BETWEEN THE LINER NOTES
Jars of Clay Heralds Peace on Earth
By Hannah Goodwyn
With twinkling lights and a decorated Christmas tree, Jars of Clay recorded their first Christmas album in the dead of May. They cranked the air conditioner all the way up and taped Christmas Songs.
Not only is this their first attempt at making holiday music, but it’s their first album on their new label, Gray Matters. This latest endeavor is an exciting one for the band, but they also jokingly don’t want to claim it either.
“Nobody’s going to take credit for that because we’re not sure it’s going to work,” guitarist Matt Odmark says.
In all seriousness, the guys see this new label as a chance to take ownership of their projects and it gives them a bit more freedom in what they create.
“The good is that when we have an idea and inspiration we can do it,” lead singer Dan Haseltine says. “I feel like it really does give us the opportunity to use all available channels to our fans.”
“It’s as big as our imaginations right now,” says lead guitarist Steve Mason.
Reflections of Christmas
Their thirst for new ways to create a memorable musical experience reaches into Christmas Songs. Along with the CD, fans also will get a reflections book written by Jars of Clay. It’s a small picture into the band’s feelings about Christmas and some childhood memories.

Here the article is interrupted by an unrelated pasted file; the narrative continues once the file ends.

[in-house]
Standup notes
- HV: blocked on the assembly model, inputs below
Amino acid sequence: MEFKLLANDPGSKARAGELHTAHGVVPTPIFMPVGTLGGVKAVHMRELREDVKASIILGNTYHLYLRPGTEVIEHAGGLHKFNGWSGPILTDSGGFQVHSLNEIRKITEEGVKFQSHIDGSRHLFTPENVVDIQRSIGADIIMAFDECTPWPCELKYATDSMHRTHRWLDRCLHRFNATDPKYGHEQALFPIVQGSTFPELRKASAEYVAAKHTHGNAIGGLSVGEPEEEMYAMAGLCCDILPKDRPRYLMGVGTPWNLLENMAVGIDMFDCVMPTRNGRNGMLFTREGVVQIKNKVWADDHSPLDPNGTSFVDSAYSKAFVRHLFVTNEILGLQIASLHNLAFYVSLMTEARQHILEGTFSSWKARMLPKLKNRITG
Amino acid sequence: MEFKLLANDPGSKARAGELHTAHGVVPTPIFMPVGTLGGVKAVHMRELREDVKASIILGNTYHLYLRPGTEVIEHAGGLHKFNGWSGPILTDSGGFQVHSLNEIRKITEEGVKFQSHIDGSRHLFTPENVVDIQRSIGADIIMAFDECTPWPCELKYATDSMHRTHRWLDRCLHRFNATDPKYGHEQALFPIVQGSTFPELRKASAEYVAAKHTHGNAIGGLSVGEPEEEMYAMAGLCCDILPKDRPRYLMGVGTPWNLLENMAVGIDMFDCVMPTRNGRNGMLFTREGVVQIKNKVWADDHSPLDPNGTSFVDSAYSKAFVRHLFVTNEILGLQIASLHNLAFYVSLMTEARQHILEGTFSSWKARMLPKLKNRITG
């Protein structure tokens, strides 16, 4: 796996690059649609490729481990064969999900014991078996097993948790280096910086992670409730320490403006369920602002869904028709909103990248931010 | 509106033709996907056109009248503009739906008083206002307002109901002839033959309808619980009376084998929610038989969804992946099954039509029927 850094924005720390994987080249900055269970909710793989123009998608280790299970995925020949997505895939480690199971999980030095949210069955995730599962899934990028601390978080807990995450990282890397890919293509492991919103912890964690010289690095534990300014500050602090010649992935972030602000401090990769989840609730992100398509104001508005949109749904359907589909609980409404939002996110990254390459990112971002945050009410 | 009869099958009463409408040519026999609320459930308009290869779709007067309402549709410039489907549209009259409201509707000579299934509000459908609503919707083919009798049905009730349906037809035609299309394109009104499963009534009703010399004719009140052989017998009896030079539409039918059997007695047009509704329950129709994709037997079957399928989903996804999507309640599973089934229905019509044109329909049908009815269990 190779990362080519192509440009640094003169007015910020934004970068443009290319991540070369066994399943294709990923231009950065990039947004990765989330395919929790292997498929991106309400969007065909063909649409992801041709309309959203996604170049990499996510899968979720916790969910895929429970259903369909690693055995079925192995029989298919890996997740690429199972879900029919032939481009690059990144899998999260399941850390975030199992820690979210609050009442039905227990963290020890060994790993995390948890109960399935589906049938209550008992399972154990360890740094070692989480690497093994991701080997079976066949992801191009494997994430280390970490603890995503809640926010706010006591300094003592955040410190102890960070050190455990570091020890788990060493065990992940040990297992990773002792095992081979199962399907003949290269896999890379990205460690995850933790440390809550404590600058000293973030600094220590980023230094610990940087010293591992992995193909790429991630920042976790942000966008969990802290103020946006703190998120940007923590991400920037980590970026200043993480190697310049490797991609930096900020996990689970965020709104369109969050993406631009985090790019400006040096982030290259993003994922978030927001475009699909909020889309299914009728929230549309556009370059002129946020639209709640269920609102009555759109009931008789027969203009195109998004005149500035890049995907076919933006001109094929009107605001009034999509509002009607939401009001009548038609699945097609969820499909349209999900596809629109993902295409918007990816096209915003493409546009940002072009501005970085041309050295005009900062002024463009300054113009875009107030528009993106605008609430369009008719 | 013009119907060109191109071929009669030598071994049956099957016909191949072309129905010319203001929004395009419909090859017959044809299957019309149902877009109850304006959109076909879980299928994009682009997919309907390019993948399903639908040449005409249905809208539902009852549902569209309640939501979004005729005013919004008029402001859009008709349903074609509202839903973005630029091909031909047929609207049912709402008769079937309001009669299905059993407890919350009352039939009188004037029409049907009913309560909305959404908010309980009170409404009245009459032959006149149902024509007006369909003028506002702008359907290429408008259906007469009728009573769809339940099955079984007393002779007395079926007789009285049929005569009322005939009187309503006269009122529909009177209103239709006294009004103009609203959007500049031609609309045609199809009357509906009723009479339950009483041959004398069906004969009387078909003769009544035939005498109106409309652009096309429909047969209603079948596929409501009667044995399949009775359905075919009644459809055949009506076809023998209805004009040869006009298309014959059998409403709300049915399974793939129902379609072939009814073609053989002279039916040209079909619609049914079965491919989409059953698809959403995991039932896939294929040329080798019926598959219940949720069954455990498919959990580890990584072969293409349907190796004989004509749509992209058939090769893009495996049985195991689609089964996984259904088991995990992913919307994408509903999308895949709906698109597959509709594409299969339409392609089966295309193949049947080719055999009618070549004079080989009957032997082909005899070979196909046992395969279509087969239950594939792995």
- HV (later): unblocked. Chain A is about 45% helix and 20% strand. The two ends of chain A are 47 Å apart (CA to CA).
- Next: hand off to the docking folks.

“The folks at management helped put it together and worked on the details. But, it’s coming right from us. It’s not a label-sculpted agenda. It’s a little more raw. So that’s exciting,” says Charlie Lowell, the band’s resident keyboard player.
The idea of writing these thoughts on Christmas was welcomed by each of the band members.
“It’s a whole arm of what we want to do that could develop into another creative avenue,” Charlie says.
Not Another Christmas CD
Music sections at Wal-Mart are stock full of Christmas CDs, most of which aren’t any different from the rest. That’s why Jars of Clay cautiously pursued the idea of producing yet another holiday record to add to the shelf.
“We really felt like, if we’re going to make one, we want to be able to maybe speak about it in a way that puts it in context in today’s world,” Dan says. “And what we kept coming back to is that this idea of ‘Peace on Earth’ is either a very naïve, ignorant notion or it’s actually true. We wanted to bring that out, and we felt like we had a little bit of opportunity to do that on a Christmas record.”
None of the guys wanted their new album to become the white noise that’s so prevalent during the season either. The goal was to record a beautiful record that would add to the beauty of Christmas, not just fade into the background.
By putting their own twist to familiar songs and providing a few originals, Jars of Clay has produced a truly unique Christmas album.
“It has a sort of balanced nostalgia to it. We really tried to pull from some of the elements of Christmas for us growing up and the records that we would listen to without really creating a parody of those or just repeating what was done. So the record is very unique I think in a way that is incorporates strings and synthesizers and things like that together. Some of the choral elements nod to old Christmas records that we grew up with without overplaying that,” Dan says.